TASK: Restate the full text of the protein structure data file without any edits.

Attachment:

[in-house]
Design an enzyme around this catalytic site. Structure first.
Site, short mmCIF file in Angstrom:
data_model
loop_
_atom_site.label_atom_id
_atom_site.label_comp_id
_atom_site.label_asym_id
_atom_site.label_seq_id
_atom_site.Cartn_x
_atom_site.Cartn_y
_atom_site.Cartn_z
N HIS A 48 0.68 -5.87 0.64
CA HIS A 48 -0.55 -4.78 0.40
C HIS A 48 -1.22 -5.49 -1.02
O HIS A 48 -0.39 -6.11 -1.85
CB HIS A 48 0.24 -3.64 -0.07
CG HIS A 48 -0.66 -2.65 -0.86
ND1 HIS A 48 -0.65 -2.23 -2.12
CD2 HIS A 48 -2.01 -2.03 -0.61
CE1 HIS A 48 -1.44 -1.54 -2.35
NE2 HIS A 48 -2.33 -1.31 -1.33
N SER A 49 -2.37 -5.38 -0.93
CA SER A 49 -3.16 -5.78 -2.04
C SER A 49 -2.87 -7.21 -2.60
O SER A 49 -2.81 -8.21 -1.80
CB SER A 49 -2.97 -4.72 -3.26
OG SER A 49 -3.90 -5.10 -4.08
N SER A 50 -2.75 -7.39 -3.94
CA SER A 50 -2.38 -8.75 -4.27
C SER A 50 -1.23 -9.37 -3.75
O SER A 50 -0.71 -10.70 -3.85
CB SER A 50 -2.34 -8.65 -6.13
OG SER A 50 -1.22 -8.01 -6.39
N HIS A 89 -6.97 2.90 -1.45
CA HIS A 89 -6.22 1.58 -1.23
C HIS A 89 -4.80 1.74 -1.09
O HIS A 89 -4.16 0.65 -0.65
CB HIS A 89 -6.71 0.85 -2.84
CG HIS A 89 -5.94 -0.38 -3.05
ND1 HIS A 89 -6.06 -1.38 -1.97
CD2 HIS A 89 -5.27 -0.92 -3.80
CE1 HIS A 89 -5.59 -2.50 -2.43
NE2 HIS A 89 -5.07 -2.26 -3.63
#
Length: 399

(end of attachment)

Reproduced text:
[in-house]
Design an enzyme around this catalytic site. Structure first.
Site, short mmCIF file in Angstrom:
data_model
loop_
_atom_site.label_atom_id
_atom_site.label_comp_id
_atom_site.label_asym_id
_atom_site.label_seq_id
_atom_site.Cartn_x
_atom_site.Cartn_y
_atom_site.Cartn_z
N HIS A 48 0.68 -5.87 0.64
CA HIS A 48 -0.55 -4.78 0.40
C HIS A 48 -1.22 -5.49 -1.02
O HIS A 48 -0.39 -6.11 -1.85
CB HIS A 48 0.24 -3.64 -0.07
CG HIS A 48 -0.66 -2.65 -0.86
ND1 HIS A 48 -0.65 -2.23 -2.12
CD2 HIS A 48 -2.01 -2.03 -0.61
CE1 HIS A 48 -1.44 -1.54 -2.35
NE2 HIS A 48 -2.33 -1.31 -1.33
N SER A 49 -2.37 -5.38 -0.93
CA SER A 49 -3.16 -5.78 -2.04
C SER A 49 -2.87 -7.21 -2.60
O SER A 49 -2.81 -8.21 -1.80
CB SER A 49 -2.97 -4.72 -3.26
OG SER A 49 -3.90 -5.10 -4.08
N SER A 50 -2.75 -7.39 -3.94
CA SER A 50 -2.38 -8.75 -4.27
C SER A 50 -1.23 -9.37 -3.75
O SER A 50 -0.71 -10.70 -3.85
CB SER A 50 -2.34 -8.65 -6.13
OG SER A 50 -1.22 -8.01 -6.39
N HIS A 89 -6.97 2.90 -1.45
CA HIS A 89 -6.22 1.58 -1.23
C HIS A 89 -4.80 1.74 -1.09
O HIS A 89 -4.16 0.65 -0.65
CB HIS A 89 -6.71 0.85 -2.84
CG HIS A 89 -5.94 -0.38 -3.05
ND1 HIS A 89 -6.06 -1.38 -1.97
CD2 HIS A 89 -5.27 -0.92 -3.80
CE1 HIS A 89 -5.59 -2.50 -2.43
NE2 HIS A 89 -5.07 -2.26 -3.63
#
Length: 399